ASCs can support surgeons by ensuring correct clinical documentation happens in real time. Helping clinicians get documentation right the first time safeguards face time with patients and streamlines revenue cycle processes.
Vincari, a surgical computer-assisted physician documentation solution, helps surgeons capture details in real time that are ICD-10 and Joint Commission-complaint. Vincari avoids disrupting clinical workflows by learning physician's specific patterns through artificial intelligence.
Interfaced with EHRs, the solution saves physicians time by eliminating the need to validate notes with appropriate codes. It can be used across any specialty, and surgeons have the option to dictate notes. While documenting, surgeons receive automatic prompts when they may be missing clarifications to satisfy regulatory requirements, which can help minimize claim denials and delays. Quick access to daily surgery schedules and patient lists are also available on surgeons' mobile devices, a HIPAA-compliant feature which adds efficiency to a surgical team.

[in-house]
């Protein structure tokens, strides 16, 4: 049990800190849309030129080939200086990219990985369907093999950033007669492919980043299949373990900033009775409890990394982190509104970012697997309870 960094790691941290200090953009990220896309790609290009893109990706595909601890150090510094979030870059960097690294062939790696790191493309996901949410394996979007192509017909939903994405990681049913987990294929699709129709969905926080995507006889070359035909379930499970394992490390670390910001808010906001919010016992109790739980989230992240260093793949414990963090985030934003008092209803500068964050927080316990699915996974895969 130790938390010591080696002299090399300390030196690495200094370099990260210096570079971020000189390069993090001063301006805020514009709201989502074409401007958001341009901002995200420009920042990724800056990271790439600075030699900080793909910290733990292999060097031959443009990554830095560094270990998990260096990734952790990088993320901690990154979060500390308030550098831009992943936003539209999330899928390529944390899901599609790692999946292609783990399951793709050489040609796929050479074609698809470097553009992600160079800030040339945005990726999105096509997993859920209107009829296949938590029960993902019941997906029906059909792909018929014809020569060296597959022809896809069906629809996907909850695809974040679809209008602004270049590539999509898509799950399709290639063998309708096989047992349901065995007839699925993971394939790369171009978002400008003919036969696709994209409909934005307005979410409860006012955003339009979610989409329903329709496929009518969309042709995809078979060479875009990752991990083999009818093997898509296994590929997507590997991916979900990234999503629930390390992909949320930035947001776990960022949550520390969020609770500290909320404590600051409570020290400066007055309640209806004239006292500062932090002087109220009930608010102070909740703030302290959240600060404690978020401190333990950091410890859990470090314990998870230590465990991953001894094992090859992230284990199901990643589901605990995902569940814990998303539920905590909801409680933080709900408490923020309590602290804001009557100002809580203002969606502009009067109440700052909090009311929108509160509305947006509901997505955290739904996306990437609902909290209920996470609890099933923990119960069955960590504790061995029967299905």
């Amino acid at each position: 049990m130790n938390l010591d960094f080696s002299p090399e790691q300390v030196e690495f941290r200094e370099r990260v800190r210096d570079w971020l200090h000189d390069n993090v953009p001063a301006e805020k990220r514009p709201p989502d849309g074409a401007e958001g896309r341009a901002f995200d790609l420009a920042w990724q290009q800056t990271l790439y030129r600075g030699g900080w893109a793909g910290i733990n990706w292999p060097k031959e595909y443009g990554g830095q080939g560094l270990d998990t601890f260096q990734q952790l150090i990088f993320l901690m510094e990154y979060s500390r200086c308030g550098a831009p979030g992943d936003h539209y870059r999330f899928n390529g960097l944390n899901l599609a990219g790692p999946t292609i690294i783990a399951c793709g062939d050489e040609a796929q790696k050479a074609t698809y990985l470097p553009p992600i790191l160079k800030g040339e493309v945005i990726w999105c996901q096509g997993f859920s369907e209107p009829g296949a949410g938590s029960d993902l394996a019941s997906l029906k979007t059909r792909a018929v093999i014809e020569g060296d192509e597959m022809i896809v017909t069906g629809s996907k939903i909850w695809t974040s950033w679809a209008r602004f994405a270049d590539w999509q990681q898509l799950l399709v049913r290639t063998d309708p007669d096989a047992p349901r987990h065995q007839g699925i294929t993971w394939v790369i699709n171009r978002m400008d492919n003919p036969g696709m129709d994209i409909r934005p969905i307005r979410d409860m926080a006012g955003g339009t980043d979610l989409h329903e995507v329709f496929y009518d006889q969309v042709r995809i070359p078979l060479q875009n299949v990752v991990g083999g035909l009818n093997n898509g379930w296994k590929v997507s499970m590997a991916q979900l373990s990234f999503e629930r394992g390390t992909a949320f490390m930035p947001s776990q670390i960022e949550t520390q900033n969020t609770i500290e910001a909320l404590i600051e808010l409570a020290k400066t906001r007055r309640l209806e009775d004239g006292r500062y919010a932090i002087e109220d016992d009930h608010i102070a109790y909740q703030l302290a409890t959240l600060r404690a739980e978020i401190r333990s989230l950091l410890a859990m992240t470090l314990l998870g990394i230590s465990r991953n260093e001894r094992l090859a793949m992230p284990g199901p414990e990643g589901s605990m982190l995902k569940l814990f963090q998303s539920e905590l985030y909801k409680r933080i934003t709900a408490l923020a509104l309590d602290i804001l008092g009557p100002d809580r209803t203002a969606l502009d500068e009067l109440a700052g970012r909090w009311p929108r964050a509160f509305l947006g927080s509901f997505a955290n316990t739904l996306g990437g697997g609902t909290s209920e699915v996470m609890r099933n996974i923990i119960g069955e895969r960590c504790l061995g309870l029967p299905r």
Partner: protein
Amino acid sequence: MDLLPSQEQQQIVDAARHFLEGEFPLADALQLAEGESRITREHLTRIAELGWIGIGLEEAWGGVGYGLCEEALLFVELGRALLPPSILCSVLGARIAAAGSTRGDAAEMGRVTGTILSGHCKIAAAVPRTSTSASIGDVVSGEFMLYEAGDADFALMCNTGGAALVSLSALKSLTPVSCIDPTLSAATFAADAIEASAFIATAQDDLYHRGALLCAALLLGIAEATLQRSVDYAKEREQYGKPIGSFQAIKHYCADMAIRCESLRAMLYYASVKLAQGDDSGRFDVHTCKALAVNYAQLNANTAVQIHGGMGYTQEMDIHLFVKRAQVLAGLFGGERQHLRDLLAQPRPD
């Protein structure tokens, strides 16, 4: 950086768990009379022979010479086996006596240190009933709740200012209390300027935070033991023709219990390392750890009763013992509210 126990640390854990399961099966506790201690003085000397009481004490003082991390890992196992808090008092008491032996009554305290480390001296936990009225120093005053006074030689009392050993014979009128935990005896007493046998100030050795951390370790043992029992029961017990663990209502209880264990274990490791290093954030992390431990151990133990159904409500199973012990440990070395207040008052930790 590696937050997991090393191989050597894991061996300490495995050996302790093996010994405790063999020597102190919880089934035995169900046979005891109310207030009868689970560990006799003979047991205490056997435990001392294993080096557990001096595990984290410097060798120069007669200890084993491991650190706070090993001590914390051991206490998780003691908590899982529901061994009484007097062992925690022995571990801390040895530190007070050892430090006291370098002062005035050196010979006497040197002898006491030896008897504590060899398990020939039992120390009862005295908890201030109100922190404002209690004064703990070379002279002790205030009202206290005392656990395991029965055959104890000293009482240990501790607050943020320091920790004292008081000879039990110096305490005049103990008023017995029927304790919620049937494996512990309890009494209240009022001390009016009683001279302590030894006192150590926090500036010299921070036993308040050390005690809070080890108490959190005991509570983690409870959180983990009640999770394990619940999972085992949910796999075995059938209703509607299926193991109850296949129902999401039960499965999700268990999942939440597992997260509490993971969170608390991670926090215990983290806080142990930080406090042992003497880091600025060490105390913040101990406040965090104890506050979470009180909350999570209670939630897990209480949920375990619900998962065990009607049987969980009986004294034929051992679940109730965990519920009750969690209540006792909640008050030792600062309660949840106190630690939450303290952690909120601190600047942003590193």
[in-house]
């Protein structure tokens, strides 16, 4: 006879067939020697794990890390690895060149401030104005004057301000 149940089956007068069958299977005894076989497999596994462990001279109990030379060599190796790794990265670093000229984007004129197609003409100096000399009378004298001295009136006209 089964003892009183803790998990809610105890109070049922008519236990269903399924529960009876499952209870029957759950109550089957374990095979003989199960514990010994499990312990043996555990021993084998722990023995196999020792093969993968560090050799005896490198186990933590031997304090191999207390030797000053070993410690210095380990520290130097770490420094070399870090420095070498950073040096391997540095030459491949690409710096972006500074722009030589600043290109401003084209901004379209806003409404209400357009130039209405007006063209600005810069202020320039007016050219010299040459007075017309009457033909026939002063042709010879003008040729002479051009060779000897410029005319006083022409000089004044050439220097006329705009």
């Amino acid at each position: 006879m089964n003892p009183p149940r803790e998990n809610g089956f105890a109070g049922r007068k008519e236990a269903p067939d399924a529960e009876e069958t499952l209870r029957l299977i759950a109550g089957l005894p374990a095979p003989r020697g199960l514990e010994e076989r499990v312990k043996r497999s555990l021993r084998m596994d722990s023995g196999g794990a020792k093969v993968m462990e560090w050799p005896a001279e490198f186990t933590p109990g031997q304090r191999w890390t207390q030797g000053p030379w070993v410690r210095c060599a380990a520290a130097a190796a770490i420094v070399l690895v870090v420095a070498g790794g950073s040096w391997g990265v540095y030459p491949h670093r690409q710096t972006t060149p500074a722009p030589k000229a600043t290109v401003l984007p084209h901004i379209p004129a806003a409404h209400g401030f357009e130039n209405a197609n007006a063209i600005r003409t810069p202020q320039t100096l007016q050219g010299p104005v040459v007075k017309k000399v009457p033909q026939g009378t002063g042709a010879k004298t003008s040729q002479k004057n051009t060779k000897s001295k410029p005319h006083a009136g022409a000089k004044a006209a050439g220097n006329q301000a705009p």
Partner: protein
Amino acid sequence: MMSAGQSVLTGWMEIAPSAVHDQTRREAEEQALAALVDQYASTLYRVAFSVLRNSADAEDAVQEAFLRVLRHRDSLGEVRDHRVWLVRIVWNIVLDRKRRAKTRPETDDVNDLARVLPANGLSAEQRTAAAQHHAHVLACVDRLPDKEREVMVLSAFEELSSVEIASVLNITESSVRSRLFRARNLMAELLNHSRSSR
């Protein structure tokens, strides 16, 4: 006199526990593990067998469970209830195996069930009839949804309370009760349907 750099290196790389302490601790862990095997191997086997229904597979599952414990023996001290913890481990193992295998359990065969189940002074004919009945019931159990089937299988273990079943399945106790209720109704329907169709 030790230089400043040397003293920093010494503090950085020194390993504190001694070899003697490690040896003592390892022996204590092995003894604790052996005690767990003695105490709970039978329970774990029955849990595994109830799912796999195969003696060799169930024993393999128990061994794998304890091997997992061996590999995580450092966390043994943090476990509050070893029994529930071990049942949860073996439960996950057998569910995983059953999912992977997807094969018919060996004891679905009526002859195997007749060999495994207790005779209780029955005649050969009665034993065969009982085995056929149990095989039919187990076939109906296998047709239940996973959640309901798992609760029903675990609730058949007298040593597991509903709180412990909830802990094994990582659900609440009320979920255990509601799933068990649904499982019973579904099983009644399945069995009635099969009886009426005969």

"We don't want physicians spending their time learning how to be a coder. We want them to take care of the patient," Dr. Dullum said. "We want them to document what they did, show how sick their patients are, and Vincari takes care of all of it on the back end."
Vincari generates a highly detailed report in less than 90 seconds, which is made immediately available to an ASC's EHR and medical staff. A copy of the report is distributed to referring physicians. The surgeon also receives an automated charge capture report he or she can use for coding and billing purposes. All of these functions are consistently updated in real time to reflect new regulations and guidelines, which are becoming increasingly complex as ASCs shift to value-based payment models.
ASCs' reimbursement solution is now equal parts quality care and coding
A shift from inpatient to outpatient facilities and increasing use of risk-bearing contracts are adding complexity to clinical documentation for ASCs. Ensuring patient acuity is correctly coded has never been more important and requires surgeons to be more detailed in their documentation.
Over the next decade, Sg2 predicts inpatient discharges will decrease 2 percent while outpatient volumes will likely grow 15 percent across the United States. As government and commercial payers scrutinize costs and push the shift to value-based care, outpatient surgery is expected to see an overall 11 percent increase from 2017 to 2022.